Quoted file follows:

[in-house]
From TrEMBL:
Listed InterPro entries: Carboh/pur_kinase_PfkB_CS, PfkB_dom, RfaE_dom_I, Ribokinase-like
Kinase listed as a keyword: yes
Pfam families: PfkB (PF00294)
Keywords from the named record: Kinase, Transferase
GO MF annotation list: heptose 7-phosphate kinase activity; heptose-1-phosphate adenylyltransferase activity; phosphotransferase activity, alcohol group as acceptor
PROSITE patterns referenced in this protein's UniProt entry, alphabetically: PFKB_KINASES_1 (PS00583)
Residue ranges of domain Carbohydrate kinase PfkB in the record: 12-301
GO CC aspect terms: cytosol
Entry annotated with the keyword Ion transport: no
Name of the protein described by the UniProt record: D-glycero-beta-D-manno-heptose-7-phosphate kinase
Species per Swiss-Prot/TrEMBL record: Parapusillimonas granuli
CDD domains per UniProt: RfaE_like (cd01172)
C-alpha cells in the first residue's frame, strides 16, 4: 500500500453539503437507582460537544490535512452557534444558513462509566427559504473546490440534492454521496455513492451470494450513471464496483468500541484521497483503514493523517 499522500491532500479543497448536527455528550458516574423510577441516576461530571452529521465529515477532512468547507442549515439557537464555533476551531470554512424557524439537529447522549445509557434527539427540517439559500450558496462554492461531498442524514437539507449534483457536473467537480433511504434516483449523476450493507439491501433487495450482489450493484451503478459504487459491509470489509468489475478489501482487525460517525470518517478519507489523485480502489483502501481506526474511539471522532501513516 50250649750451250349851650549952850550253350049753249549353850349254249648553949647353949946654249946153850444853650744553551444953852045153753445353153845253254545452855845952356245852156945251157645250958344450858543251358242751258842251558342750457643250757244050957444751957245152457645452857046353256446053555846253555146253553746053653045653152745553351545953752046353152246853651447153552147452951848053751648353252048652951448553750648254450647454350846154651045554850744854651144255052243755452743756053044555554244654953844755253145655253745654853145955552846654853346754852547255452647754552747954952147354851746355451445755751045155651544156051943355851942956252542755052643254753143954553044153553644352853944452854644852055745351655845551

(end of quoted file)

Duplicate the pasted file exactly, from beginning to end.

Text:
[in-house]
From TrEMBL:
Listed InterPro entries: Carboh/pur_kinase_PfkB_CS, PfkB_dom, RfaE_dom_I, Ribokinase-like
Kinase listed as a keyword: yes
Pfam families: PfkB (PF00294)
Keywords from the named record: Kinase, Transferase
GO MF annotation list: heptose 7-phosphate kinase activity; heptose-1-phosphate adenylyltransferase activity; phosphotransferase activity, alcohol group as acceptor
PROSITE patterns referenced in this protein's UniProt entry, alphabetically: PFKB_KINASES_1 (PS00583)
Residue ranges of domain Carbohydrate kinase PfkB in the record: 12-301
GO CC aspect terms: cytosol
Entry annotated with the keyword Ion transport: no
Name of the protein described by the UniProt record: D-glycero-beta-D-manno-heptose-7-phosphate kinase
Species per Swiss-Prot/TrEMBL record: Parapusillimonas granuli
CDD domains per UniProt: RfaE_like (cd01172)
C-alpha cells in the first residue's frame, strides 16, 4: 500500500453539503437507582460537544490535512452557534444558513462509566427559504473546490440534492454521496455513492451470494450513471464496483468500541484521497483503514493523517 499522500491532500479543497448536527455528550458516574423510577441516576461530571452529521465529515477532512468547507442549515439557537464555533476551531470554512424557524439537529447522549445509557434527539427540517439559500450558496462554492461531498442524514437539507449534483457536473467537480433511504434516483449523476450493507439491501433487495450482489450493484451503478459504487459491509470489509468489475478489501482487525460517525470518517478519507489523485480502489483502501481506526474511539471522532501513516 50250649750451250349851650549952850550253350049753249549353850349254249648553949647353949946654249946153850444853650744553551444953852045153753445353153845253254545452855845952356245852156945251157645250958344450858543251358242751258842251558342750457643250757244050957444751957245152457645452857046353256446053555846253555146253553746053653045653152745553351545953752046353152246853651447153552147452951848053751648353252048652951448553750648254450647454350846154651045554850744854651144255052243755452743756053044555554244654953844755253145655253745654853145955552846654853346754852547255452647754552747954952147354851746355451445755751045155651544156051943355851942956252542755052643254753143954553044153553644352853944452854644852055745351655845551